March 28

Your First Steps Regarding the Last Will and Testament

Probate proceedings can be complex, especially when it comes to locating and handling the decedent’s will. In Florida, understanding these intricacies is crucial to avoid family disputes and ensure a seamless process through the court system.

Your First Steps Regarding the Last Will and Testament

1. Locating the Will: Generally, members of the family will have some information about whether the decedent ever signed a will. Start your search for the will among the decedent’s valuable papers at their home. If it’s not there, the next most likely place to look is in a safe deposit box owned by the decedent. It may have been deposited with the clerk of court, so it’s important to check there, too.

2. Depositing the Will With Court: Under Florida law, a custodian of a last will and testament is under a duty to deposit the will with the probate court within 10 days after the decedent’s passing. Failure to deposit the will with the court within the mandated time frame may result in conflicts. Florida law also has procedures for when someone refuses to produce a decedent’s will.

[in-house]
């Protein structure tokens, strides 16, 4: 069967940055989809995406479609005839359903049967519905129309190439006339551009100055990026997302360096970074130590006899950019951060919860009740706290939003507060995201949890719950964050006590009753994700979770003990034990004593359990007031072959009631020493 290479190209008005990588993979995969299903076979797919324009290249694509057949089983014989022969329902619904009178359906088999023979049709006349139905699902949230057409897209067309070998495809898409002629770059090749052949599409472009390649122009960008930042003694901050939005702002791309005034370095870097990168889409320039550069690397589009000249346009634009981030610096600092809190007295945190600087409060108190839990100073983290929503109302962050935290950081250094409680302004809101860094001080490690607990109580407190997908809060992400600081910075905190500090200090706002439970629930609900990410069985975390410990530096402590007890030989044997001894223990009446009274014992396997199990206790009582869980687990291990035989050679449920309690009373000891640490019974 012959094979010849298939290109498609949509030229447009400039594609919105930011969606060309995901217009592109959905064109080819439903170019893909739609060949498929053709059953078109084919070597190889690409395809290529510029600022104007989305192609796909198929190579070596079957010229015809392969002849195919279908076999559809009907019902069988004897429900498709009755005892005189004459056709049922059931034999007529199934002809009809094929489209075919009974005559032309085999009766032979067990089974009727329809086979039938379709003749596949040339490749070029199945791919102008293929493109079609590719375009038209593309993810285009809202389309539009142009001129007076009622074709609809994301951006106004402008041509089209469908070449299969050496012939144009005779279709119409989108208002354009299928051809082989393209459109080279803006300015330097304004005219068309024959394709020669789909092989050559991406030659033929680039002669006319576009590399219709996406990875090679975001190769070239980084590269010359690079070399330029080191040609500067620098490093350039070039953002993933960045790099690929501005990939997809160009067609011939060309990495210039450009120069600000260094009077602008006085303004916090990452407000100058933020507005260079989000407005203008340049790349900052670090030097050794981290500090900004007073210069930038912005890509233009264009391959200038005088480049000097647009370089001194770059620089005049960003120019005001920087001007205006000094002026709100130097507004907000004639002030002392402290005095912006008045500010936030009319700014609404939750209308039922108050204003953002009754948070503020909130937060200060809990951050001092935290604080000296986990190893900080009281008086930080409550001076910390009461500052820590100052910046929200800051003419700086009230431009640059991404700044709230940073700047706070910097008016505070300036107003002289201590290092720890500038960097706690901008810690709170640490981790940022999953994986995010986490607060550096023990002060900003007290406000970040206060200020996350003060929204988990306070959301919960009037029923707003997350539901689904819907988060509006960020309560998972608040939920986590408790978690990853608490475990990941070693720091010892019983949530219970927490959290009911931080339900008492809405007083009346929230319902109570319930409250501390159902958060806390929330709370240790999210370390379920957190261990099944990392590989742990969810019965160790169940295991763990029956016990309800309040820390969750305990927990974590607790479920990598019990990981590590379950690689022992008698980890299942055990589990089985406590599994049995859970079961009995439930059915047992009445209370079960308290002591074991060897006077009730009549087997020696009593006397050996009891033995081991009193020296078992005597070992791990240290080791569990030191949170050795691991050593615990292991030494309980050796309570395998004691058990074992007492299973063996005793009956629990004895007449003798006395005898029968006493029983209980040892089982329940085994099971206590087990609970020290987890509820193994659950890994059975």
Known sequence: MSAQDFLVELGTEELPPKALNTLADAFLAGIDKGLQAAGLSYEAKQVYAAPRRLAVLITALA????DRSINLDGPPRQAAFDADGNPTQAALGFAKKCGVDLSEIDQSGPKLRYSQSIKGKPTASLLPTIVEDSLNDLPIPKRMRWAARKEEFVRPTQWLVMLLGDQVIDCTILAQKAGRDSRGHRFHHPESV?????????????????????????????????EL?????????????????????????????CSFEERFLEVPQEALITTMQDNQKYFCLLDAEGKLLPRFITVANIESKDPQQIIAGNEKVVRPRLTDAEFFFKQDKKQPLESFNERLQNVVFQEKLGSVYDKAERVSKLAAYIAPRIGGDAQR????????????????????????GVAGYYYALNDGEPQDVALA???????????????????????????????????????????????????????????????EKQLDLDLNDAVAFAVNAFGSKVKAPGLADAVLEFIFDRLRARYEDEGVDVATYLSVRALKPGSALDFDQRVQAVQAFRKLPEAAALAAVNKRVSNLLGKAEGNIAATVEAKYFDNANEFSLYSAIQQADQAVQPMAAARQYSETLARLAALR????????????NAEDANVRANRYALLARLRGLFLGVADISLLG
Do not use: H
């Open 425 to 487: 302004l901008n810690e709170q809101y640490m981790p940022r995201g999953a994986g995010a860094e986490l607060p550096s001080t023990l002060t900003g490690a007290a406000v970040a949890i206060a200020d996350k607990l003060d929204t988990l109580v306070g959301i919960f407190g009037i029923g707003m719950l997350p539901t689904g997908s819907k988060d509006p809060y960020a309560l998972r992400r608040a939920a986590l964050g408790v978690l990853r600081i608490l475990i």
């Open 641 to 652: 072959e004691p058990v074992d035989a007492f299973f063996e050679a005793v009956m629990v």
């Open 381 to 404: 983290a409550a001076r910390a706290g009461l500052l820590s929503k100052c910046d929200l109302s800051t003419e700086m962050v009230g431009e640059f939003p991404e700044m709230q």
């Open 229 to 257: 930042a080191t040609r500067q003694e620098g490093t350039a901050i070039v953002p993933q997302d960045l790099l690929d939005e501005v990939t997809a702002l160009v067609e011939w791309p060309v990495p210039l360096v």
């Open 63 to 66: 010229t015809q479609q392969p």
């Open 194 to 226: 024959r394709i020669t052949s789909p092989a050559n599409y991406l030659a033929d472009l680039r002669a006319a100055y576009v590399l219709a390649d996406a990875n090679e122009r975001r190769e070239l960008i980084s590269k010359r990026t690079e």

3. Handling Multiple Wills: Conflicts may emerge when dealing with multiple wills and revocations. Legal provisions may not be clear, leading to potential disputes among beneficiaries. If you encounter multiple wills, be sure to seek the advice of counsel.

4. Lost or Destroyed Wills: If the original will has been lost or destroyed, a photocopy or digital copy can be used in its place. However, there are going to be additional procedures to admit that will to probate. However, “draft” wills are not “correct” copies that can be admitted to probate.

Avoiding Conflicts:

To ensure a smooth probate process and avoid conflicts:

  • Prompt Action: Promptly initiate the search for the will after the death of a loved one. Encourage transparent communication within the family regarding will contents.
  • Comprehensive Estate Planning: Clearly express your wishes and intentions in your estate planning documents. Seek legal assistance to ensure your will is legally valid and unambiguous.

If you have questions or need assistance with your estate planning to avoid potential conflicts, we're here to help. Call us today for personalized guidance tailored to your situation.

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